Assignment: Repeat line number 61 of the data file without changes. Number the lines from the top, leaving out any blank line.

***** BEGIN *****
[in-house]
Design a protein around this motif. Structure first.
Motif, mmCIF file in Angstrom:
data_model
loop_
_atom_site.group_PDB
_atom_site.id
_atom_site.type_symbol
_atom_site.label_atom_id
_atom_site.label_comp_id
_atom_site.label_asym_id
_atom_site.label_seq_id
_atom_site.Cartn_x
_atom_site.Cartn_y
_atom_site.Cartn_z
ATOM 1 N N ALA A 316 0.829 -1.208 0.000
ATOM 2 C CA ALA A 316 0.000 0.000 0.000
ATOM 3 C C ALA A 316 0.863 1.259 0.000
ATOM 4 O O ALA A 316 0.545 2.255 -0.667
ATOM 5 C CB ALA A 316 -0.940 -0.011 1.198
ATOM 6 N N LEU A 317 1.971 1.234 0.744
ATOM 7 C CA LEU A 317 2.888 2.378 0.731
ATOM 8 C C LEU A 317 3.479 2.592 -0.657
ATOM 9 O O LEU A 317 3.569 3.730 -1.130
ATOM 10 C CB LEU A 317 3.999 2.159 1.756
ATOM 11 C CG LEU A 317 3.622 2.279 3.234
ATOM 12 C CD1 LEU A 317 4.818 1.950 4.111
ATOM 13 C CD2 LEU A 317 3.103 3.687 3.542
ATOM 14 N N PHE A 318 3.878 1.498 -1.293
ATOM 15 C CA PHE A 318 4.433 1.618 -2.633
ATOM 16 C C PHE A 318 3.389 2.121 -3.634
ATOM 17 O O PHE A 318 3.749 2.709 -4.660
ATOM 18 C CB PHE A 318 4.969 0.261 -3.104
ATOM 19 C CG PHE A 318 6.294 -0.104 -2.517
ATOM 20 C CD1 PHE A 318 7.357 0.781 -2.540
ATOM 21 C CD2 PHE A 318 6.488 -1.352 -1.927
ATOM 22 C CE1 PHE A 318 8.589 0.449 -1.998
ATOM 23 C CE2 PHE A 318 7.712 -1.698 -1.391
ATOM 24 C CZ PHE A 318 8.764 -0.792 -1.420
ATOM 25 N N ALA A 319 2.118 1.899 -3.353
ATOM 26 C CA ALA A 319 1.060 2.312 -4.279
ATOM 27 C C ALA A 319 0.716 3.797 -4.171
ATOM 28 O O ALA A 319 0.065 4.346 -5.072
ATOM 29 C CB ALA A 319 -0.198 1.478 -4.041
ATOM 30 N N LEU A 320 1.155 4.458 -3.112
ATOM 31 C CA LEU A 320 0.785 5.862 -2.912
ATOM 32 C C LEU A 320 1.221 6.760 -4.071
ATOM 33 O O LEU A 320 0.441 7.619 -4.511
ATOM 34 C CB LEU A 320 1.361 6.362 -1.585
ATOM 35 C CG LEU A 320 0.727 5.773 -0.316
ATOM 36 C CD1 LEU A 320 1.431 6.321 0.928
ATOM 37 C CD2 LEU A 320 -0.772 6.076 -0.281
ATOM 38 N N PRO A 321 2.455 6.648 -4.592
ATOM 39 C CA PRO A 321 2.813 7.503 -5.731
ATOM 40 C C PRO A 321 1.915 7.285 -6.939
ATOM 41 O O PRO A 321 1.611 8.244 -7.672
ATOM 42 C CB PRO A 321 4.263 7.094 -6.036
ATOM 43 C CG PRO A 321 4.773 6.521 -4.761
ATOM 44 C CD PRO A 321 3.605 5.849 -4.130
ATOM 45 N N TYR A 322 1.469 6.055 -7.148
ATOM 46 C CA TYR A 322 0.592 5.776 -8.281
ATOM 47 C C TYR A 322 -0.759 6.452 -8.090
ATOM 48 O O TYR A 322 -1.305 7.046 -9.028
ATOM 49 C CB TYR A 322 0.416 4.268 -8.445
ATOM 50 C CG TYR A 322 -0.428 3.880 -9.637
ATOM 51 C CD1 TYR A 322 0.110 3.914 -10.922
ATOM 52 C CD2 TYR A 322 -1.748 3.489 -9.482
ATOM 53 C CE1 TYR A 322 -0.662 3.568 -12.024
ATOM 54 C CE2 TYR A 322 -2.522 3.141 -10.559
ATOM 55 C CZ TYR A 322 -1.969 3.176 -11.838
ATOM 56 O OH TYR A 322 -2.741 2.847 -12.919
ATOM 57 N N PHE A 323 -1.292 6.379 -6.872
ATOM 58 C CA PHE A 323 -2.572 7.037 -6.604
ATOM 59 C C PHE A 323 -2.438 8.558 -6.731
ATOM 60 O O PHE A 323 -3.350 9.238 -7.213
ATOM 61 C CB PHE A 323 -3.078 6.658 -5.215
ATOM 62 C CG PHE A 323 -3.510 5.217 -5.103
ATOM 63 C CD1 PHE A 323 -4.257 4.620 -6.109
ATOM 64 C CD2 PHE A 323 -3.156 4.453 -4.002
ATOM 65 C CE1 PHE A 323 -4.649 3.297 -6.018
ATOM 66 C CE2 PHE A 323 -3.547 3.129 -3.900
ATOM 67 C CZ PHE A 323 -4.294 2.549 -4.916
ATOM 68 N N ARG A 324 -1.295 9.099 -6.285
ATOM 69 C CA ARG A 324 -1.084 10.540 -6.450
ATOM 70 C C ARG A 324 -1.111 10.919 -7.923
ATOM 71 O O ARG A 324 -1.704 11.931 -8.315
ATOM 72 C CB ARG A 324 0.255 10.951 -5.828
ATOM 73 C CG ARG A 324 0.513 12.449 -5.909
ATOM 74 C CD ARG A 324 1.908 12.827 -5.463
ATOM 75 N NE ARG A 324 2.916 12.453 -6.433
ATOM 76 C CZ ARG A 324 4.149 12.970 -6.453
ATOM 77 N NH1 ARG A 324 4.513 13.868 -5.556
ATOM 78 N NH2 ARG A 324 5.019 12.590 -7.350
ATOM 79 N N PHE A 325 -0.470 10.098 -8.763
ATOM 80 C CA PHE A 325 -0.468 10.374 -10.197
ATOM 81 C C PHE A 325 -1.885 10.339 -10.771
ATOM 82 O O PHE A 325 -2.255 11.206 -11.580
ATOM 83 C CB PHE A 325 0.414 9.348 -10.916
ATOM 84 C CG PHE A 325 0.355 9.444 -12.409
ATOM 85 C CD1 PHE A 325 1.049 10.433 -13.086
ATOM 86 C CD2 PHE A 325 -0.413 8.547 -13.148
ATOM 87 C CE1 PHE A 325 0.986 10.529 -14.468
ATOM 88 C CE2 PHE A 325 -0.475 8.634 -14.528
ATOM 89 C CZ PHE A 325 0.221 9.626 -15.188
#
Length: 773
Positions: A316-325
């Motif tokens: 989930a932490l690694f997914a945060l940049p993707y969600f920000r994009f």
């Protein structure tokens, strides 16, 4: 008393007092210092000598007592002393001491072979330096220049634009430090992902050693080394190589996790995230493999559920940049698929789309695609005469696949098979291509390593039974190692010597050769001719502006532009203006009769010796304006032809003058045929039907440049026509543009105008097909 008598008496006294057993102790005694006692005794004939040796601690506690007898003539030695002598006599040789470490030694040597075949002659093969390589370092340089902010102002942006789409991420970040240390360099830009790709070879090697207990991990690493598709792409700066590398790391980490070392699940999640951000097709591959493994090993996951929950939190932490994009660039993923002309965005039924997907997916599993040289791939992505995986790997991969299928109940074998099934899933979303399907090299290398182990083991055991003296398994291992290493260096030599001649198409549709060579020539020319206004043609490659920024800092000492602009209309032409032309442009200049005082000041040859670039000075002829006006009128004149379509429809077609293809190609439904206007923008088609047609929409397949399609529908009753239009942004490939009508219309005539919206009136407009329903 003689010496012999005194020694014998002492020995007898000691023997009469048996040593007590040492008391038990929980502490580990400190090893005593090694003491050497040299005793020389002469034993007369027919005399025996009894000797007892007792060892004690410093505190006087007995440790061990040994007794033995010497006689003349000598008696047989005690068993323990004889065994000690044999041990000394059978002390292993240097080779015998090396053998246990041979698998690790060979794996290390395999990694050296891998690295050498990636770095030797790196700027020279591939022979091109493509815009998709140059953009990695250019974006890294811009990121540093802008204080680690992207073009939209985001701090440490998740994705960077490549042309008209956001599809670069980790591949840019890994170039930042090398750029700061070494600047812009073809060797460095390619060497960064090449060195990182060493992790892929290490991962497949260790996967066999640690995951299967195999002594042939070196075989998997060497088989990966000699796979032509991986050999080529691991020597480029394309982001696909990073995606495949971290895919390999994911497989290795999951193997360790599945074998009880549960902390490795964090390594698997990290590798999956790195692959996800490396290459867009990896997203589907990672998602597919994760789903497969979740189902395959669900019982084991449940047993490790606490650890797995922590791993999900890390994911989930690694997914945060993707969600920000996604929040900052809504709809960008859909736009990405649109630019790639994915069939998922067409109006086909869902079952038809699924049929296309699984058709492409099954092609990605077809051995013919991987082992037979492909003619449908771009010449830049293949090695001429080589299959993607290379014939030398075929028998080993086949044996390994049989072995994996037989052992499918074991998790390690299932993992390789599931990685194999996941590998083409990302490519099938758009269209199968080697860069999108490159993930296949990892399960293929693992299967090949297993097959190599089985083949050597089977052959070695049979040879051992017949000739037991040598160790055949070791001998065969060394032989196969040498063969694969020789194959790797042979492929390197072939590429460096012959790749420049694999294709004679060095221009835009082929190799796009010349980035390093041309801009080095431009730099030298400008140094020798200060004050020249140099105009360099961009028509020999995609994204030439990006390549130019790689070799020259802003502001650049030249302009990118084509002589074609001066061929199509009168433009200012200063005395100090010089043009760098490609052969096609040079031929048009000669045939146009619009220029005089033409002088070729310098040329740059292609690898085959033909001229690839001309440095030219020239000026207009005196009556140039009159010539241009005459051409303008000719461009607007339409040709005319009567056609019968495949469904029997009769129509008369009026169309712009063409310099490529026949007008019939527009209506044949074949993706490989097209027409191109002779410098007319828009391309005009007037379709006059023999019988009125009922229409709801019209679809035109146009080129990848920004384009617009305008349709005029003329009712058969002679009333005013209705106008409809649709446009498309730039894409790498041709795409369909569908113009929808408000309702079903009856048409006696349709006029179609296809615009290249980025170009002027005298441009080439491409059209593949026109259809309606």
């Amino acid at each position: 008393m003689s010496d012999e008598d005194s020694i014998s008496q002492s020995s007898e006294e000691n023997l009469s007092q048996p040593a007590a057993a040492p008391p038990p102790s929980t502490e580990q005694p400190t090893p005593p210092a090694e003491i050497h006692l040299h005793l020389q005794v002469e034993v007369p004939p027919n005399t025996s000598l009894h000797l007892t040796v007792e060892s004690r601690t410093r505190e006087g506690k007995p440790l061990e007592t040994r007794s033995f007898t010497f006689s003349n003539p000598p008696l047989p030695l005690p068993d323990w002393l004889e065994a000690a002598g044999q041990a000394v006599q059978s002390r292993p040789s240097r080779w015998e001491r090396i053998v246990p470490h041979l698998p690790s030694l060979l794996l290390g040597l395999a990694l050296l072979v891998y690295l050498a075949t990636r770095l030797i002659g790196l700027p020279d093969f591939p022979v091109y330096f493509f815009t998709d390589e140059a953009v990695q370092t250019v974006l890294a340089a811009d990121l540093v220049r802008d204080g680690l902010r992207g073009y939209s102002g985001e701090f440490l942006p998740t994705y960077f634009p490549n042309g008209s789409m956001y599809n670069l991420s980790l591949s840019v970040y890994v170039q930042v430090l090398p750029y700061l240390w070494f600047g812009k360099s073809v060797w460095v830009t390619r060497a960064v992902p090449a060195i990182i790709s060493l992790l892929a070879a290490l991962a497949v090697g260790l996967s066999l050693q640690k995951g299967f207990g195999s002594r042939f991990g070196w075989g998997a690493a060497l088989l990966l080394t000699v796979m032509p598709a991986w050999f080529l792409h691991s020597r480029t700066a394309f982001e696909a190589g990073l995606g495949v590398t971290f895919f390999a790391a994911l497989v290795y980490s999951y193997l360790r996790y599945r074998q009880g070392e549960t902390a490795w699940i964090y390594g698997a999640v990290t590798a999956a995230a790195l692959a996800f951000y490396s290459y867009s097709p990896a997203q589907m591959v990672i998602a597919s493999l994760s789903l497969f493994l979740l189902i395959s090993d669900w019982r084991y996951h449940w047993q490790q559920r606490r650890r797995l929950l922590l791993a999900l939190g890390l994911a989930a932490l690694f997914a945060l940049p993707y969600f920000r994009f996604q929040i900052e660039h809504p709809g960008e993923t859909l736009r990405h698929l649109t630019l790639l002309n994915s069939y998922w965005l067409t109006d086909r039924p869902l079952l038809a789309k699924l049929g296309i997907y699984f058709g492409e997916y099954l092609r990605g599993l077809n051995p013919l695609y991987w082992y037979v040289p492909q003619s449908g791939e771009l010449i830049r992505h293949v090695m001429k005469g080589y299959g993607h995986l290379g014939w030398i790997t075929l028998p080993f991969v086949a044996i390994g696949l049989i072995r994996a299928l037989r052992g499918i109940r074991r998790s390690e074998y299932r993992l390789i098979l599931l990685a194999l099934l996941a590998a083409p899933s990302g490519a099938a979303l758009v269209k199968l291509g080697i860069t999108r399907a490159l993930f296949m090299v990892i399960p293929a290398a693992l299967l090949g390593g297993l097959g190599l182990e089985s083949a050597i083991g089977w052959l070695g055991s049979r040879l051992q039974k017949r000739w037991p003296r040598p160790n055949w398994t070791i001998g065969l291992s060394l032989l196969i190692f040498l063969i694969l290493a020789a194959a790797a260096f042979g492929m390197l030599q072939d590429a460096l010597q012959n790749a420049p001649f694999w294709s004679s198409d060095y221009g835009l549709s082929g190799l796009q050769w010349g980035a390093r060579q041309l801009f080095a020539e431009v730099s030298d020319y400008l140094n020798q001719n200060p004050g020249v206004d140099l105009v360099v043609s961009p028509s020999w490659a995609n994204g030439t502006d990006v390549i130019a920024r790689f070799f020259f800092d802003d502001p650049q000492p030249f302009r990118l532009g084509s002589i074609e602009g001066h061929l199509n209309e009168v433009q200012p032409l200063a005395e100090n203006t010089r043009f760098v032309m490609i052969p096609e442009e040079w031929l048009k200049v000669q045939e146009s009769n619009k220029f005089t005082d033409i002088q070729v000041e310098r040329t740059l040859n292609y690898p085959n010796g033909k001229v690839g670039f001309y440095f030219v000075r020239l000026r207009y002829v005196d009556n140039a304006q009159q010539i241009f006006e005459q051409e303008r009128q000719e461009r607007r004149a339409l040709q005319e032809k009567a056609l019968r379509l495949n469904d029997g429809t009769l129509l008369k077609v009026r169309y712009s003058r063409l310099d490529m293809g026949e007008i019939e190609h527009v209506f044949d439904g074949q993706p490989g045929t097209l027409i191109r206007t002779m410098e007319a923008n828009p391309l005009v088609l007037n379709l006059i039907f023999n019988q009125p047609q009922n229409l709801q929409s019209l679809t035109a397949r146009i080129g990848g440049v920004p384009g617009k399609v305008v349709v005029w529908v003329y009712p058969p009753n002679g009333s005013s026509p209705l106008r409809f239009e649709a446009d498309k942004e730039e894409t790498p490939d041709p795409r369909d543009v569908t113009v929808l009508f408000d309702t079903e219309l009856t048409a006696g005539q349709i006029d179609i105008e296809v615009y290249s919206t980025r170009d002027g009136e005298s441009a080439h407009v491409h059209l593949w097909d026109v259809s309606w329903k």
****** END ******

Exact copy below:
ATOM 46 C CA TYR A 322 0.592 5.776 -8.281